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Kazuo Ishiguro Awarded Nobel Prize in Literature For 2017, Ngugi wa Thiong’o, Haruki Murakami And Margaret Atwood Were Contenders

New Delhi, October 5: British Writer Kazuo Ishiguro was awarded the Nobel Prize in Literature for 2017. The awards committee on Thursday made its announcement in New York. The other top contenders for 2017 Nobel Prize in Literature were Kenya’s Ngugi wa Thiong’o, Japan’s Haruki Murakami, Canada’s Margaret Atwood and Israel’s Amos Oz.

The committee observed Ishiguro, “who, in novels of great emotional force, has uncovered the abyss beneath our illusory sense of connection with the world”.

Profile of Kazuo Ishiguro

Kazuo Ishiguro was born on November 8, 1954, in Nagasaki, Japan. His family moved to the United Kingdom when he was five years old. He returned to visit his country of birth only as an adult. In the late 1970s, Ishiguro graduated in English and Philosophy at the University of Kent, and then went on to study Creative Writing at the University of East Anglia.

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Kazuo Ishiguro has been a full-time author ever since his first book, A Pale View of Hills (1982). Both his first novel and the subsequent one, An Artist of the Floating World (1986) take place in Nagasaki a few years after the Second World War.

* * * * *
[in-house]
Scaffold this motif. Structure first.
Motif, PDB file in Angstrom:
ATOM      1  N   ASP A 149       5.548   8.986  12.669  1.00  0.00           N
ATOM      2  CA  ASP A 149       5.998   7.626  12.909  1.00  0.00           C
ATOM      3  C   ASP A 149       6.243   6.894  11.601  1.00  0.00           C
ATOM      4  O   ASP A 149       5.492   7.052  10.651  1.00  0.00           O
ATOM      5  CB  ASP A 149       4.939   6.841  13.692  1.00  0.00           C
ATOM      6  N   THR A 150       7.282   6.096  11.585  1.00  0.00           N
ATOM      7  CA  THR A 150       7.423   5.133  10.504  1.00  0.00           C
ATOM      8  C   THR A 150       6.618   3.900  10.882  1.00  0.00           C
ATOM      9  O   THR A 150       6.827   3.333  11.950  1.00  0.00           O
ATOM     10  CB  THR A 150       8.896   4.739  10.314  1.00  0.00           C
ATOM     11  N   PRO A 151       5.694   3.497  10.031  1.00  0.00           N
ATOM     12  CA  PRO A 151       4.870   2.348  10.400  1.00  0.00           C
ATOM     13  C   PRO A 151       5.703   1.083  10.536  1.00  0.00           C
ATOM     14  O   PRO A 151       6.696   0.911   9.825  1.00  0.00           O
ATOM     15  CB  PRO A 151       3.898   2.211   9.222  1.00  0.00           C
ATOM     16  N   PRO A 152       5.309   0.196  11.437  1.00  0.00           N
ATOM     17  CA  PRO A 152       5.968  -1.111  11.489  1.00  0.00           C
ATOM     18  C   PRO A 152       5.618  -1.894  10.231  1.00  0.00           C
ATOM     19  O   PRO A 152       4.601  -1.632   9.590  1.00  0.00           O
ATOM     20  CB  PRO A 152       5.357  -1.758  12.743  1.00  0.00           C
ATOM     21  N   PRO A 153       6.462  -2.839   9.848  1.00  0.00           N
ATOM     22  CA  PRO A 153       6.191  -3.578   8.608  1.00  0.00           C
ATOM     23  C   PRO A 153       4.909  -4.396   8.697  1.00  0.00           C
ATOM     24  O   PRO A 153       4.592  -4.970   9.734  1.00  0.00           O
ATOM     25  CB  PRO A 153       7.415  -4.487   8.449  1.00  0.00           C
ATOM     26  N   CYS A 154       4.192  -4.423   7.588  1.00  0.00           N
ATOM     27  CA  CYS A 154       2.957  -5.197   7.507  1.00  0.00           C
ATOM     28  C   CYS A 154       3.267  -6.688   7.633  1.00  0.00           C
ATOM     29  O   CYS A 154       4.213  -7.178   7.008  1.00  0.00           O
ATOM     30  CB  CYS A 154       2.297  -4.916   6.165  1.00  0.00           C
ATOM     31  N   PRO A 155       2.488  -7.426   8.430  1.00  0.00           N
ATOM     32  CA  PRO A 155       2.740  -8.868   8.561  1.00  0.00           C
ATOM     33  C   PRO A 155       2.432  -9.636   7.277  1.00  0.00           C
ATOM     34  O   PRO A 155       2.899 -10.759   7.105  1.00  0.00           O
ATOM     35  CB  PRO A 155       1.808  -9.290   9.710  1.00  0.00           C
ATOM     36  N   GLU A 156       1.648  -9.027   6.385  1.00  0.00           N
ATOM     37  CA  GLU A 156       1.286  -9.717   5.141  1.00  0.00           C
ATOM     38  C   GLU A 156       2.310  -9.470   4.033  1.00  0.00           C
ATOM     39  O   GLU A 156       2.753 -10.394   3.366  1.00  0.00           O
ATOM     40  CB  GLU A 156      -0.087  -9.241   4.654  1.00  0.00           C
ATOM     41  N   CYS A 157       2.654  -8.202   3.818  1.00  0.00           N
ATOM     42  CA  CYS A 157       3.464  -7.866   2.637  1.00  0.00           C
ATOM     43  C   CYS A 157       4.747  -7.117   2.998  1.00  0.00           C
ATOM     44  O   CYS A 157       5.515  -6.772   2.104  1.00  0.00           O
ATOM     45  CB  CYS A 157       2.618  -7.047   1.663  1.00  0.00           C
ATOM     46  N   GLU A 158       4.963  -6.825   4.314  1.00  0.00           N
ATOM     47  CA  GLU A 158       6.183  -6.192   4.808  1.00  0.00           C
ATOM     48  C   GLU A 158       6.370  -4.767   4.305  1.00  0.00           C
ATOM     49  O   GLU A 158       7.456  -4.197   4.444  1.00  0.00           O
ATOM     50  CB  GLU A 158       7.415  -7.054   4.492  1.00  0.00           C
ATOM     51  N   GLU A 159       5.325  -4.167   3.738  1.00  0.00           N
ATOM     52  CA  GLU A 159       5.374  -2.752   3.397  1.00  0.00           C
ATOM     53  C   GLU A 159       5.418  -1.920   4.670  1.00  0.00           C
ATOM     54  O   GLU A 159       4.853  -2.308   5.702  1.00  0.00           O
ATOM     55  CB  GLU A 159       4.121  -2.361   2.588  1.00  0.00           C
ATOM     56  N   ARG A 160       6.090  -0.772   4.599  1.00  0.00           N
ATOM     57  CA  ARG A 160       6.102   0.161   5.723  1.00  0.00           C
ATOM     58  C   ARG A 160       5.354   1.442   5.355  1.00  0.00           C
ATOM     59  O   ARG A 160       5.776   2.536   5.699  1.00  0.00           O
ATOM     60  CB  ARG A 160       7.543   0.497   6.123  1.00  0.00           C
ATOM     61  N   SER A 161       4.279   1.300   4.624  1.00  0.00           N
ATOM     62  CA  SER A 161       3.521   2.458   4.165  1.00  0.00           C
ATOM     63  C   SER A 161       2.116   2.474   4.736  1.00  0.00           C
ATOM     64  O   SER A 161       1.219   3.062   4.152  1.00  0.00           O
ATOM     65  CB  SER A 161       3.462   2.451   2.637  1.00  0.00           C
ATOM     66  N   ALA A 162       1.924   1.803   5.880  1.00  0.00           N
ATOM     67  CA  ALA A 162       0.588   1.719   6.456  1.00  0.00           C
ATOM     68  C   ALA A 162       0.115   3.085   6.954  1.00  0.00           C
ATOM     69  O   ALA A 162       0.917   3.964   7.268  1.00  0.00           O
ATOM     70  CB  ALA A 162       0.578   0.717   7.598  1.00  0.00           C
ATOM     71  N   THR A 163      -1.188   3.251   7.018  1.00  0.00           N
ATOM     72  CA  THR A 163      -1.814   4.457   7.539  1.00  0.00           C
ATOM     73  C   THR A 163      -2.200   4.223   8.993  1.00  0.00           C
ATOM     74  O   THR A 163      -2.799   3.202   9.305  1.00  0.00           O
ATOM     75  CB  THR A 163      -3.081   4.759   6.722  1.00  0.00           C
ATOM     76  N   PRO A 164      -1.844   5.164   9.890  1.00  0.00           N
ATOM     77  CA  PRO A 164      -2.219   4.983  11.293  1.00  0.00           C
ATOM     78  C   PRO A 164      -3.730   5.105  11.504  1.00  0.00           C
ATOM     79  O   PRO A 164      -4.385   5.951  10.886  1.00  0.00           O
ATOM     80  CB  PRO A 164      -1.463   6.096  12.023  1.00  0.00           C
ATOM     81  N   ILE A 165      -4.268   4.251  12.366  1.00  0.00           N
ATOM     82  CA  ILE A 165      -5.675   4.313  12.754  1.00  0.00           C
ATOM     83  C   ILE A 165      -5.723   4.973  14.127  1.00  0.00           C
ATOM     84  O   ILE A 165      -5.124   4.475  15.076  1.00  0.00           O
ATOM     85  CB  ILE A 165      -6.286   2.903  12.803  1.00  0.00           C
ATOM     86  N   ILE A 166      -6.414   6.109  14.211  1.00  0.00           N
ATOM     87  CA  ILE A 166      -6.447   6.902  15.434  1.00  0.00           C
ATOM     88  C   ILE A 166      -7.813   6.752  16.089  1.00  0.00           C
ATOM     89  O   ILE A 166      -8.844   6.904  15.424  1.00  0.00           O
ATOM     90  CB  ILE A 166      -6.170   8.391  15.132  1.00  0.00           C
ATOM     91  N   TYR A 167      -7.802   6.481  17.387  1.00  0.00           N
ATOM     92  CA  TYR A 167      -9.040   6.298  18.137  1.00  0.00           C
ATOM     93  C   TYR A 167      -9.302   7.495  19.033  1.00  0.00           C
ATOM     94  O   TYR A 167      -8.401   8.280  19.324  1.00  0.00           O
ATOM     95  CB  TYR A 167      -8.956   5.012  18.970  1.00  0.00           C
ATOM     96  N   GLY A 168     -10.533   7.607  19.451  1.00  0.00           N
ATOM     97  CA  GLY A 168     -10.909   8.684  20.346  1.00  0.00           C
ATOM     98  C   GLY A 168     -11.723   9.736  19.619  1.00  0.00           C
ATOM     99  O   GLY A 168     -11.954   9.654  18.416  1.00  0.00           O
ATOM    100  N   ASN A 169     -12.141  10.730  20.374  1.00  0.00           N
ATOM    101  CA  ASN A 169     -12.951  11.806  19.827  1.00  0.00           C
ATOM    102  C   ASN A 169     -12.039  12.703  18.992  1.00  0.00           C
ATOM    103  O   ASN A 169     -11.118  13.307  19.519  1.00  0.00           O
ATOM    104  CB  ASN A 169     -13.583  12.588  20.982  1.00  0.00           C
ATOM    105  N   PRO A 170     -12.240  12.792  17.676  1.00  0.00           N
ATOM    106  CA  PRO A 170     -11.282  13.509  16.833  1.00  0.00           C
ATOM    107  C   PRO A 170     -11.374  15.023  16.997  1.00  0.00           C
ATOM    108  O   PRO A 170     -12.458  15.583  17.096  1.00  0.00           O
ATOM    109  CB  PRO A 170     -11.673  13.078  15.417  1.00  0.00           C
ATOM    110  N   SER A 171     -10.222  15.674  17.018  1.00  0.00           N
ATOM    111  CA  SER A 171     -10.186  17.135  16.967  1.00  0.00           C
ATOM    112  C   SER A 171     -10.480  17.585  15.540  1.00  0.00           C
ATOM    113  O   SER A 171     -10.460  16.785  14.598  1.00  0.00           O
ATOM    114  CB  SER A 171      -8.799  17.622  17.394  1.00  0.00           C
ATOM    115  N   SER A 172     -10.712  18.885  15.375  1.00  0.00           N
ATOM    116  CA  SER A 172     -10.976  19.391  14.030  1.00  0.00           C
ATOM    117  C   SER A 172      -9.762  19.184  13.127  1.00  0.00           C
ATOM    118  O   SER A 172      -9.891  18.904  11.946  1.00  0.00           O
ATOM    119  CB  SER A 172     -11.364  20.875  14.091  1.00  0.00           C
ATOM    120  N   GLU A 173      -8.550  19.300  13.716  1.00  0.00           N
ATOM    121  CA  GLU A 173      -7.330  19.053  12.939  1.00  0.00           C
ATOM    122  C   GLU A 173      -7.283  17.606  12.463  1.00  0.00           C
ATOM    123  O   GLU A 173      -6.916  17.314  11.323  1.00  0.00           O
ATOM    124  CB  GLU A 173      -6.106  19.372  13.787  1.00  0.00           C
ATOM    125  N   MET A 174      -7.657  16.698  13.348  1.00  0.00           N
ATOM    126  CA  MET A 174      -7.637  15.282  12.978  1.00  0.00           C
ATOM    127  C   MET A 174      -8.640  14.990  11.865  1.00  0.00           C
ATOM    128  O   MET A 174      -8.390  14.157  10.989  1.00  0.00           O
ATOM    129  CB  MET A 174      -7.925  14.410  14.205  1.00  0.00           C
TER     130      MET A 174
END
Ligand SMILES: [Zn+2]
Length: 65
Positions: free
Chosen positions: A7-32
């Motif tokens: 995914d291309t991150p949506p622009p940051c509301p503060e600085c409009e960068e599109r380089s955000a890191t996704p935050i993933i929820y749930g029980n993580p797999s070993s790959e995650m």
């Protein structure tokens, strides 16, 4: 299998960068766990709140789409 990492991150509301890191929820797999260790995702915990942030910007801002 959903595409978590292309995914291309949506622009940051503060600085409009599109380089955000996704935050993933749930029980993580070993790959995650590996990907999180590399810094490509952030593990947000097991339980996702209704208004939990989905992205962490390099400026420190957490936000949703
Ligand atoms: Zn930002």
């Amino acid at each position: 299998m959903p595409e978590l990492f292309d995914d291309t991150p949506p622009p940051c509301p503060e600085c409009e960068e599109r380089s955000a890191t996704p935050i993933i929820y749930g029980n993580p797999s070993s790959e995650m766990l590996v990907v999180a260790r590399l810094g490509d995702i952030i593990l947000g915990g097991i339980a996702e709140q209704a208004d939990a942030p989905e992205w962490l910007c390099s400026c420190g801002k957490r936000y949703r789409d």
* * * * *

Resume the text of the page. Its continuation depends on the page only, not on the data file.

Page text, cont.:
The themes Ishiguro is most associated with are already present here: memory, time, and self-delusion. This is particularly notable in his most renowned novel, The Remains of the Day (1989), which was turned into film with Anthony Hopkins acting as the duty-obsessed butler Stevens.

Ishiguro’s writings are marked by a carefully restrained mode of expression, independent of whatever events are taking place. At the same time, his more recent fiction contains fantastic features. With the dystopian work Never Let Me Go (2005), Ishiguro introduced a cold undercurrent of science fiction into his work.

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In this novel, as in several others, we also find musical influences. A striking example is the collection of short stories titled Nocturnes: FiveStories of Music and Nightfall (2009), where music plays a pivotal role in depicting the
characters’ relationships.

In his latest novel, The Buried Giant (2015), an elderly couple go on a road trip through an archaic English landscape, hoping to reunite with their adult son, whom they have not seen for years. This novel explores, in a moving manner, how memory relates to oblivion, history to the present, and fantasy to reality. Apart from his eight books, Ishiguro has also written scripts for film and television.

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